Temporal cavity solitons: from optical buffers to microresonator frequency combs

Temporal cavity solitons are pulses of light persisting in continuously driven nonlinear resonators. They maintain their shape and do not dissipate, thanks to nonlinear interactions with the resonator medium and the coherent field driving the cavity. They were first observed in 2010 in a macroscopic optical fibre cavity and, owing to their unique characteristics, proposed as ideal candidates for bits in all-optical buffers. More recently, temporal cavity solitons have also been predicted and observed in monolithic microresonators, where they are intimately linked to the formation of broadband “Kerr” frequency combs.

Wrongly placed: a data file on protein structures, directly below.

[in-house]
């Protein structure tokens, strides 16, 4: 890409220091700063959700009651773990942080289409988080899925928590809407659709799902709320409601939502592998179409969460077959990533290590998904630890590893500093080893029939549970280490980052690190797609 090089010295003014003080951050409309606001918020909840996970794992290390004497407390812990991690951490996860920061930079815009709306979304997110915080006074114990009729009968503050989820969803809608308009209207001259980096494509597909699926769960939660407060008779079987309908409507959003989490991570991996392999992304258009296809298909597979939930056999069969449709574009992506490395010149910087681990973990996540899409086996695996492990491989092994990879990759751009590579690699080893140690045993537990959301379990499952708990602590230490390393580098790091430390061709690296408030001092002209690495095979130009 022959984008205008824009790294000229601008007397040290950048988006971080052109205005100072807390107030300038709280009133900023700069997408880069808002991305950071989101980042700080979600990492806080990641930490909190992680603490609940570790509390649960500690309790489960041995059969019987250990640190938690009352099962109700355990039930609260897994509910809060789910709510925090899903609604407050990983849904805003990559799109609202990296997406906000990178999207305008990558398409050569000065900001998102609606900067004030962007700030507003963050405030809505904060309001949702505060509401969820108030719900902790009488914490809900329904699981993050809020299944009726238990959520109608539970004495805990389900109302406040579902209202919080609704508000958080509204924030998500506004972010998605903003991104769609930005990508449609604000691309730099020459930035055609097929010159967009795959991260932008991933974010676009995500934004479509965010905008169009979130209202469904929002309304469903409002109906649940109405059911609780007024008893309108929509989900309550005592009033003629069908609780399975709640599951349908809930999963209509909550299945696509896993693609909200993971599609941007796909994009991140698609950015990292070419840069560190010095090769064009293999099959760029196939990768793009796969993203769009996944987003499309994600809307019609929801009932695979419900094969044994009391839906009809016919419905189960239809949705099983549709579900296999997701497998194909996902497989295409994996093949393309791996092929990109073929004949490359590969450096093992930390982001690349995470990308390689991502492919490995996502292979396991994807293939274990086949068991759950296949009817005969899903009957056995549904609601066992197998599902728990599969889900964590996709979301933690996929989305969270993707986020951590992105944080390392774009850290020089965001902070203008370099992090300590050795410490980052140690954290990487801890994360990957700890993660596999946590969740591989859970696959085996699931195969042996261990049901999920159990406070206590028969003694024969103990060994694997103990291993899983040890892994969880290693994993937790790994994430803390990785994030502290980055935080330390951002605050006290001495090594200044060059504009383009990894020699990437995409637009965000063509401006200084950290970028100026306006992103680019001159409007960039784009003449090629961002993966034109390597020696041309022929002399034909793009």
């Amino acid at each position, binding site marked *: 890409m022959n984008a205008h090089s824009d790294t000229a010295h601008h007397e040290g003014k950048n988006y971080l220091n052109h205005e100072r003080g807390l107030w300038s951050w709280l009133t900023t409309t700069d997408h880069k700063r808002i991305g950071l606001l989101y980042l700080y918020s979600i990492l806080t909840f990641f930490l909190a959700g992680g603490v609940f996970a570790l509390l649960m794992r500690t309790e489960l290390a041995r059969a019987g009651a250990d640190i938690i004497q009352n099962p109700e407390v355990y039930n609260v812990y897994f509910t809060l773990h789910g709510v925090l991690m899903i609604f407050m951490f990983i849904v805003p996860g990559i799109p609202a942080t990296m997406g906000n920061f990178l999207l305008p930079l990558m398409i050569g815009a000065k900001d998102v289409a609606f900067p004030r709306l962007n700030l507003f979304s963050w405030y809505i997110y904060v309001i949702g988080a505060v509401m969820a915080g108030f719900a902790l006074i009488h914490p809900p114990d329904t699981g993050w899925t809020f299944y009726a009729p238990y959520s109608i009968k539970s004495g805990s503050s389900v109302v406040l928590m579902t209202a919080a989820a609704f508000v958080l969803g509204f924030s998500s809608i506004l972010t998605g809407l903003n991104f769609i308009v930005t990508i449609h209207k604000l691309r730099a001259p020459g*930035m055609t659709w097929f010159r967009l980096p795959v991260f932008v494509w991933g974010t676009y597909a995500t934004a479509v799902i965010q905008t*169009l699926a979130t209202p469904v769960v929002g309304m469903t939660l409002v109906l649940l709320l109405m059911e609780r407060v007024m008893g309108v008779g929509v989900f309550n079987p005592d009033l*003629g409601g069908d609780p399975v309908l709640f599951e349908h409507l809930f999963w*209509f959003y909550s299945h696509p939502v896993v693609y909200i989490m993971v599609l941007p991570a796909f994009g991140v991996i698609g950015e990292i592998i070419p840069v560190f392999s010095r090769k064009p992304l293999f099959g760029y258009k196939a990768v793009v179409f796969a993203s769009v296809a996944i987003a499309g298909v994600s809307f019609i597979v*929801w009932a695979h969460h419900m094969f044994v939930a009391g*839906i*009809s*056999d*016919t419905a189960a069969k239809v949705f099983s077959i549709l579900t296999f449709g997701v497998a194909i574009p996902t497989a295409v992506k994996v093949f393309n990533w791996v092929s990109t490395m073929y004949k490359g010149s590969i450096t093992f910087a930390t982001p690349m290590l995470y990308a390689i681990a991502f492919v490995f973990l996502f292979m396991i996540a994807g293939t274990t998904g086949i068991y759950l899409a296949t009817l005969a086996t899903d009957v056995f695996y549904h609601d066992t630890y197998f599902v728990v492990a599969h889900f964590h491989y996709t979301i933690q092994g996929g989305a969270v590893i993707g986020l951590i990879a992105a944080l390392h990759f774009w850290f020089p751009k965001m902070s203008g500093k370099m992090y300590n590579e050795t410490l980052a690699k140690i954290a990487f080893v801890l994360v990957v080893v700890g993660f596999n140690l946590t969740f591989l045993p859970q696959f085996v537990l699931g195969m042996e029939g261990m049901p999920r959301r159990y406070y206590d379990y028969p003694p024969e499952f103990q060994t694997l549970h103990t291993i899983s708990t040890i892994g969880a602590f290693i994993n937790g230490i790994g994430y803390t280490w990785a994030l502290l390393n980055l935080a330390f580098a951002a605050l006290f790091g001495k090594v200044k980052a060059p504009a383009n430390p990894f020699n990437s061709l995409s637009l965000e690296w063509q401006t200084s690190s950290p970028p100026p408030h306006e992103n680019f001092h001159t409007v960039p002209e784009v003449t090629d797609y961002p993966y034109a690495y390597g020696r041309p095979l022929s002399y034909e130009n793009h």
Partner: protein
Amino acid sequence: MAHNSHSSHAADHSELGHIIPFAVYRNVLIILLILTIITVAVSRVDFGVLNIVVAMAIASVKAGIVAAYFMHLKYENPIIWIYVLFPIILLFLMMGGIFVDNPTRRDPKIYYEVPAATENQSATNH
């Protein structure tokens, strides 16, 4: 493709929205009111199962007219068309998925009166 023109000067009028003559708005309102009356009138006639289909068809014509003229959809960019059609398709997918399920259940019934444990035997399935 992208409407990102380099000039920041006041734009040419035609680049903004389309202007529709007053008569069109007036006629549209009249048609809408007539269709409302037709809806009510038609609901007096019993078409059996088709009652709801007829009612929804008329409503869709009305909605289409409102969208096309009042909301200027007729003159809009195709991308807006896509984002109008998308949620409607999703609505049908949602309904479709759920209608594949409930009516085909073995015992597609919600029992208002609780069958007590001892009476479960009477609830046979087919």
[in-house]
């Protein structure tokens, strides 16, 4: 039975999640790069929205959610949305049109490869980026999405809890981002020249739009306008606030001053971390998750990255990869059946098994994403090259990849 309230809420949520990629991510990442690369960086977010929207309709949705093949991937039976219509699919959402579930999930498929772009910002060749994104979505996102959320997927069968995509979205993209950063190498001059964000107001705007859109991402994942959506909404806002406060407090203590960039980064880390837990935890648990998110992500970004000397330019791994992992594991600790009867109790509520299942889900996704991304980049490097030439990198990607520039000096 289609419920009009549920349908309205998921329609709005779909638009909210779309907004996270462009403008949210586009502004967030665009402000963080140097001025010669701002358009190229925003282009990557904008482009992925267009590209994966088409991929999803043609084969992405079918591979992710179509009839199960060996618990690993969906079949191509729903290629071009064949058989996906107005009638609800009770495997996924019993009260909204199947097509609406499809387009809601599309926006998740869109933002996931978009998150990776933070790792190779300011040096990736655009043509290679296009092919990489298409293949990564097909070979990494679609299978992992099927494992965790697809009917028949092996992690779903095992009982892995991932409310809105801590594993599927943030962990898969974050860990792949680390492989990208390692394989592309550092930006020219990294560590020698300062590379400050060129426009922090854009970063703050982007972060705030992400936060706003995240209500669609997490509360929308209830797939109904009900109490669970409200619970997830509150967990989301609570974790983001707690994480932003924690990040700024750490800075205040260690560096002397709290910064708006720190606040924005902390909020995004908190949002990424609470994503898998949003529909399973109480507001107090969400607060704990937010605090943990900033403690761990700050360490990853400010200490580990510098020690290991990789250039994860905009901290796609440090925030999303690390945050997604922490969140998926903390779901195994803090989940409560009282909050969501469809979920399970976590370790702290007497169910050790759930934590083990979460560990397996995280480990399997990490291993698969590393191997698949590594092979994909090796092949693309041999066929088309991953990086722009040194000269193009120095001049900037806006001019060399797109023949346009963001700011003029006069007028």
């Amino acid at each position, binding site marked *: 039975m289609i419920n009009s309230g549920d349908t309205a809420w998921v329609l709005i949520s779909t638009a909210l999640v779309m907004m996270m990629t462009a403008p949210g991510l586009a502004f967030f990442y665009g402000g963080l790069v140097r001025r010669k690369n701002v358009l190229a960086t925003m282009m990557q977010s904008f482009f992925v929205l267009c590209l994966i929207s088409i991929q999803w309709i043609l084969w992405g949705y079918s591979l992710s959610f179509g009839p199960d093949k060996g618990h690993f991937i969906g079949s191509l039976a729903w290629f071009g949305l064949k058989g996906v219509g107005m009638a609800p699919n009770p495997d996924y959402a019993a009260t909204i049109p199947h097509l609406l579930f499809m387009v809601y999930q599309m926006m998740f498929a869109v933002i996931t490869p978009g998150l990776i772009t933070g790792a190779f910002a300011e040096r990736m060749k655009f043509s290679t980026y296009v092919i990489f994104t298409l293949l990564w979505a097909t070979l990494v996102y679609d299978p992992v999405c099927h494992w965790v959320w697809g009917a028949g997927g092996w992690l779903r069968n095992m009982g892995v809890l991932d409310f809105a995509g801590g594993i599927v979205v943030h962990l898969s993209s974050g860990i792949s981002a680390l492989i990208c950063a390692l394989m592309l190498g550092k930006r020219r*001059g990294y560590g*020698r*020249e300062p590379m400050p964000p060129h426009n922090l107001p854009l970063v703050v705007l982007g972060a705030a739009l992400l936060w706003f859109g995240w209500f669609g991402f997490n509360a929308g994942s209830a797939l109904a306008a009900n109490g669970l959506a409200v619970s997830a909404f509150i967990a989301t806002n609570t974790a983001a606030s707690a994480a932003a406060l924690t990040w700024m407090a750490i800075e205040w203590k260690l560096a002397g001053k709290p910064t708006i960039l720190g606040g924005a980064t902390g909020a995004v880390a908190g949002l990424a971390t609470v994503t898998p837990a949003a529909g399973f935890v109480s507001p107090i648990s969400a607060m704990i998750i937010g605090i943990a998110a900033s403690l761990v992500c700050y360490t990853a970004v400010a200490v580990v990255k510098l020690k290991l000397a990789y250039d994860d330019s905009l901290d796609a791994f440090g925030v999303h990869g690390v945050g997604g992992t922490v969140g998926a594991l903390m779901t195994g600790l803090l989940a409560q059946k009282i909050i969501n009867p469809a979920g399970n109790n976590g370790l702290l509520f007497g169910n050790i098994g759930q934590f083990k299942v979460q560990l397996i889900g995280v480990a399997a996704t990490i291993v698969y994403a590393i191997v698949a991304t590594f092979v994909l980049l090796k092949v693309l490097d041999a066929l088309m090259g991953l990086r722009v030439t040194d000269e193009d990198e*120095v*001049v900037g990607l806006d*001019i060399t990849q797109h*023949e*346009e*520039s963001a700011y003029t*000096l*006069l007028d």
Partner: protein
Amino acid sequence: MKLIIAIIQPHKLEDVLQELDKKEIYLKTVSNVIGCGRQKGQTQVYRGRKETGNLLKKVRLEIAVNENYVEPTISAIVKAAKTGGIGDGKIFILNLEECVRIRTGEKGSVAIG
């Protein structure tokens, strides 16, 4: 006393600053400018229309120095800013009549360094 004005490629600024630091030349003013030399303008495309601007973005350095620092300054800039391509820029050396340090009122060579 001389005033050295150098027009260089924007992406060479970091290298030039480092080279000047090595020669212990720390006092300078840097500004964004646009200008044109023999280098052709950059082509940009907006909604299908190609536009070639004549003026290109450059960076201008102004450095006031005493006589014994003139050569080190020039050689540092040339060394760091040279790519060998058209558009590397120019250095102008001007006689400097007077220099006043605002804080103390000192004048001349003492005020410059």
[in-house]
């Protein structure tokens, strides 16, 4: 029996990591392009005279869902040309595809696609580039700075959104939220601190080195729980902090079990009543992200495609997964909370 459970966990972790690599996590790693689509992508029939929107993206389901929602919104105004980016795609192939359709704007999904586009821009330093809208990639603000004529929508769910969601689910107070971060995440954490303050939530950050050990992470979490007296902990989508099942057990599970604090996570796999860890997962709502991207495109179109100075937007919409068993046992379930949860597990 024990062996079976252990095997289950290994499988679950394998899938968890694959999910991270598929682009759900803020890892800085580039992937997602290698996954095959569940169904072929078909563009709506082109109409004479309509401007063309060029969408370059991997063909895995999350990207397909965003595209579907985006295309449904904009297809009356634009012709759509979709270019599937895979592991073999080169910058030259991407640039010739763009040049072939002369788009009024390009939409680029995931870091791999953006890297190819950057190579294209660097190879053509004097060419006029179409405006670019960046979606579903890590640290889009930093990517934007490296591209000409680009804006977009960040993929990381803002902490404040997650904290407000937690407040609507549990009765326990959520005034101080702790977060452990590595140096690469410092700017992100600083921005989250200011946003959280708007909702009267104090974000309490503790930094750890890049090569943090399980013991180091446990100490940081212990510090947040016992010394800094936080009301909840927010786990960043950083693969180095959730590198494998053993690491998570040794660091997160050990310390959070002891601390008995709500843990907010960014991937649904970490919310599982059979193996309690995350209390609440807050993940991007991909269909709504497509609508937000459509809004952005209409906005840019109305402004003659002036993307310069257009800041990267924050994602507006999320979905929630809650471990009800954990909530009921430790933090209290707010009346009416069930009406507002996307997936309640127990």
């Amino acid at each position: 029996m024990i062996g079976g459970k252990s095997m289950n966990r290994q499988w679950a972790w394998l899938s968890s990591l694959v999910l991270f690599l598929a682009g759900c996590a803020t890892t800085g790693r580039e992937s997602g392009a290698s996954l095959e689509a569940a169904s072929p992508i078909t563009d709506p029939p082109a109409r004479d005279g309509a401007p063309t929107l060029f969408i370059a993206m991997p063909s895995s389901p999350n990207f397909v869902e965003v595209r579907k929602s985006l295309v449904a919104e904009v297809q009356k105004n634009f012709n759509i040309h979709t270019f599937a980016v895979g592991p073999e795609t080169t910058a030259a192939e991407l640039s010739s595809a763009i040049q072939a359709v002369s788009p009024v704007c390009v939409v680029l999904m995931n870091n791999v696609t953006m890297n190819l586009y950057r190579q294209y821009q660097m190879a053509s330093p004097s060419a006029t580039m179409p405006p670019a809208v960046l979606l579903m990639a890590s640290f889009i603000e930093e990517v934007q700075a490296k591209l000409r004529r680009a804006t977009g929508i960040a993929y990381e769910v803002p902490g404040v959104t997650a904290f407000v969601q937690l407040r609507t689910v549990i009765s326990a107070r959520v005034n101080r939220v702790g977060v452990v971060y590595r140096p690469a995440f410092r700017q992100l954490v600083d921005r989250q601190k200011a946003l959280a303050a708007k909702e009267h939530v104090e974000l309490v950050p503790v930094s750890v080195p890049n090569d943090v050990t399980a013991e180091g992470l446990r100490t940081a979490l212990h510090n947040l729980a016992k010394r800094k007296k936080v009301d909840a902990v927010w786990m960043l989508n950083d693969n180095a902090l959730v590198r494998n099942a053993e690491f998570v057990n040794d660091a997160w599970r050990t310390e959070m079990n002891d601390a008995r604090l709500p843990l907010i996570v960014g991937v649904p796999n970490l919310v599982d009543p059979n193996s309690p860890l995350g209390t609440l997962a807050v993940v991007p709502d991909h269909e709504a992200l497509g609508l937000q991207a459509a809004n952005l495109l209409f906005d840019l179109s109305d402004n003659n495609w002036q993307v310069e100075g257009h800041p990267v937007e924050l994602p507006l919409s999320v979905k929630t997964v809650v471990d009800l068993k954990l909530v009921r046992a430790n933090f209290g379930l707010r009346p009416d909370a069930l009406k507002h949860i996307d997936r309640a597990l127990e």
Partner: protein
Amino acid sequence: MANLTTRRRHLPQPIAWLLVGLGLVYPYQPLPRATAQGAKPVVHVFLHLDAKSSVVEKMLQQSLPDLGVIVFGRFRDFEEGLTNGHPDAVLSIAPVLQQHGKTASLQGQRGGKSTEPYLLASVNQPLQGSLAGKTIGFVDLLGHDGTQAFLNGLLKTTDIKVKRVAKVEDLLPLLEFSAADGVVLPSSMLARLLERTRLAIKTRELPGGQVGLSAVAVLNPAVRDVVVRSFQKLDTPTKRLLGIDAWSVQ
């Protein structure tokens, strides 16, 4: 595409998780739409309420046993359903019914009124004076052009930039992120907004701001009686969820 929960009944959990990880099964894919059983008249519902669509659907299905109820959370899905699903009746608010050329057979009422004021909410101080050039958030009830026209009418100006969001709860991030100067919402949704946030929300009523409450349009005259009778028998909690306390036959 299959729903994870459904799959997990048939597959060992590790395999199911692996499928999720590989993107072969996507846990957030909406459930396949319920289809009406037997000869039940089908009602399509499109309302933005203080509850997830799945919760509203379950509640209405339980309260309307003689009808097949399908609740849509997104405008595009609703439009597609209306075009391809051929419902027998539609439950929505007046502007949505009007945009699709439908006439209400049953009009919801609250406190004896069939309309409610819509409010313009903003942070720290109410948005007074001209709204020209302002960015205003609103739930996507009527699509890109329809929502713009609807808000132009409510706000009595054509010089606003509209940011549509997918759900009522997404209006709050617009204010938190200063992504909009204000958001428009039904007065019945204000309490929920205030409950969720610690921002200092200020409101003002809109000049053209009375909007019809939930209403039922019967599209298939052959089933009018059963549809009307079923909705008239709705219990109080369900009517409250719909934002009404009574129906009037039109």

In this Presentation, we will first introduce the basic dynamics and characteristics of temporal  cavity solitons, and then review recent experimental and theoretical results. In particular, we will present advanced techniques that allow temporal cavity solitons to be created, manipulated and destroyed at will. We will also discuss novel soliton interaction dynamics, including externally-forced collisions, bound states, as well as  the self-organisation of a random soliton sequence into periodically-spaced bunches. Although the Presentation will focus on experiments in macroscopic optical fibre systems, we will also discuss connections to microresonators and Kerr frequency combs.